The fact is that we are in a cycle that began after the peak of February 2008, just as the GFC began.
Sure enough, the period from December 2013 to December 2018 (5 years) broadly covers the current tenure of this particular government.
But when they came to power, the labour market was still adjusting to the crisis and was far from full employment.
It is better to appraise where policy has taken us relative to the last peak, rather than the labour market state 5 years ago.
Consider the following graph, which shows the Employment-Population ratio from February 2008 to December 2018. The red segment is the 5-year period from December 2013.
The brief history is that the previous Labor government that was in power at the time the GFC hit introduced a relatively sizeable fiscal stimulus package which reversed the slowdown.
By 2011, it was panicking and claiming it had to quickly restore a fiscal surplus (it was under attack from all sorts of mindless commentators and mainstream economists who clearly don’t understand these matters) and it reversed the stimulus.
The economy slowed dramatically as a result and the EPOP ratio fell steadily as employment growth tanked.
When the current conservative government came to office, it initially promised to push the austerity level up further.
The first few months of its attempt to do that caused the labour market to head towards collapse (the last few months of the blue segment).
They then backtracked a little and adopted a pragmatic stance and the labour market slowly started to improve, albeit at a slow rate (the red segment).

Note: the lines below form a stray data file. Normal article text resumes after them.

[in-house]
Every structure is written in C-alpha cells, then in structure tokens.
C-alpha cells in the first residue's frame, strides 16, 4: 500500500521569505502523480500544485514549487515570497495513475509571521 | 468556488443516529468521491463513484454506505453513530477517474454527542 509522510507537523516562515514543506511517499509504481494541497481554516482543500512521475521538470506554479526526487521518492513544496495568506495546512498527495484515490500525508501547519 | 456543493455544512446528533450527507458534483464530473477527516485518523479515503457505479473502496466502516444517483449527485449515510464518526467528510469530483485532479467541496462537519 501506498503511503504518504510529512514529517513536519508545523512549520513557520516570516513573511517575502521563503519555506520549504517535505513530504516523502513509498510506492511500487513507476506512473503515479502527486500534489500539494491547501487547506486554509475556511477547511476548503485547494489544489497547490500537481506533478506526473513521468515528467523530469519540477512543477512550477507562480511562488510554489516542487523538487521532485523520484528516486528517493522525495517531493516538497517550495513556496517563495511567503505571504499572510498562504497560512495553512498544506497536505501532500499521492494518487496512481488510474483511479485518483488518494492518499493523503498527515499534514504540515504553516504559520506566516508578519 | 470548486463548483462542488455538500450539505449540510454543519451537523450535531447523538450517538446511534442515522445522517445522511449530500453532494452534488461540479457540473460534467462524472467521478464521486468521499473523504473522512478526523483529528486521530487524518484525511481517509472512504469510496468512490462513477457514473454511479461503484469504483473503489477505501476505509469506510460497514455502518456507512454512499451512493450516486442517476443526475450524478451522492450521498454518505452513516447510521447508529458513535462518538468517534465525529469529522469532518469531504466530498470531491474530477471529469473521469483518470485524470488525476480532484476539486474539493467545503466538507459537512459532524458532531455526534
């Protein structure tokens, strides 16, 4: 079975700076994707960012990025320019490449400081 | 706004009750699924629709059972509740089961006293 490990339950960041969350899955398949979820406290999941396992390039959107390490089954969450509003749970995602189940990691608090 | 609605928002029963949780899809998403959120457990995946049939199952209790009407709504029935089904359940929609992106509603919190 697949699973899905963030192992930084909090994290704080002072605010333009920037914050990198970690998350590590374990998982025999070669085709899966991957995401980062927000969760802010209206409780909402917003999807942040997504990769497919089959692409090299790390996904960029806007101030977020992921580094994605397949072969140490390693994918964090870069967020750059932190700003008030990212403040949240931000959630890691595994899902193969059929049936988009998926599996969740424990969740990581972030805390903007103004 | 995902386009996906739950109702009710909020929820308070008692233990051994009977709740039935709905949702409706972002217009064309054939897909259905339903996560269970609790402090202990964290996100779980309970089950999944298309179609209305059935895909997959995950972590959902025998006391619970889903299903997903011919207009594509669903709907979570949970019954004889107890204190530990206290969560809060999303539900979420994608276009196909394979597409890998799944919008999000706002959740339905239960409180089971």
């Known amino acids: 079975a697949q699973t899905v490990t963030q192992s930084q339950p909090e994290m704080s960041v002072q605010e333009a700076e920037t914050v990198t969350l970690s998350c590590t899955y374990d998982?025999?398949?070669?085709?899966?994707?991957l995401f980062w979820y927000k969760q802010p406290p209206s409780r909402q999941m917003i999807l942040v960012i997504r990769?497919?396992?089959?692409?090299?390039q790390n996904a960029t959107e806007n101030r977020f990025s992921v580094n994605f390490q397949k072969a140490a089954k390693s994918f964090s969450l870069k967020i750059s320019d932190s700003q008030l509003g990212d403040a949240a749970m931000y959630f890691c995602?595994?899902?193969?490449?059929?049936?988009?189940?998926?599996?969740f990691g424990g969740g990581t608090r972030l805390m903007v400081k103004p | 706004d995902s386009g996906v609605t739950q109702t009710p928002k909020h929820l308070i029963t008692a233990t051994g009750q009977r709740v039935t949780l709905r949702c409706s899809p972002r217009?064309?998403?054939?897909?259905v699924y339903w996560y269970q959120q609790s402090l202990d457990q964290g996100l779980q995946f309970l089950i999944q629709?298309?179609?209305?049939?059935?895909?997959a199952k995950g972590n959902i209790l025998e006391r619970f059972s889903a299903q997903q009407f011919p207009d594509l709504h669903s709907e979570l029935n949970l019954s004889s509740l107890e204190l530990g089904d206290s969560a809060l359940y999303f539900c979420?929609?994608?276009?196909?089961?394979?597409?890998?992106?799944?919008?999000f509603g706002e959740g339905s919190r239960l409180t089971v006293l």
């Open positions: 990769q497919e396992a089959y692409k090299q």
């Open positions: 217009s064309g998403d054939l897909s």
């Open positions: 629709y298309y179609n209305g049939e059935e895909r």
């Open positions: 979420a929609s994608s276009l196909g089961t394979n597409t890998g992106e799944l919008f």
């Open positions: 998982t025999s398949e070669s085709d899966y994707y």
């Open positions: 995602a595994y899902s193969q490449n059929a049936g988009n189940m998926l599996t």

Compared to the previous peak (February 2008), the EPOP ratio is still 0.4 percentage points short. If we considered that in terms of the current working age population, that means that Australia is 81 thousand jobs short of where it would be if the EPOP ratio was back to its previous peak.
Now consider the other side of the labour market – the labour underutilisation.
1. At the peak of the previous cycle (February 2008), the national unemployment rate was 4 per cent.
2. Underemployment (part-time workers wanting more hours of work) was at 6.2 per cent.
3. Taken together, the Broad labour underutilisation rate was 9.9 per cent (and it fell to 9.7 per cent in August 2008).
4. In December 2013 (the start of the 5-year period), the unemployment rate was per cent; 5.9 per cent, underemployment was at 8 per cent and the broad labour underutilisation rate was 13.4 per cent.
5. By December 2018, underemployment has risen to 8.8 per cent and the broad labour underutilisation rate is at 13.3 per cent.
The following graph shows the evolution of these aggregates since February 2008 to December 2013. The red segment just marks the period since December 2013.
The ‘1 million jobs’ narrative fails because:
1. Total labour wastage is now largely unchanged from what it was at the start of the five year period.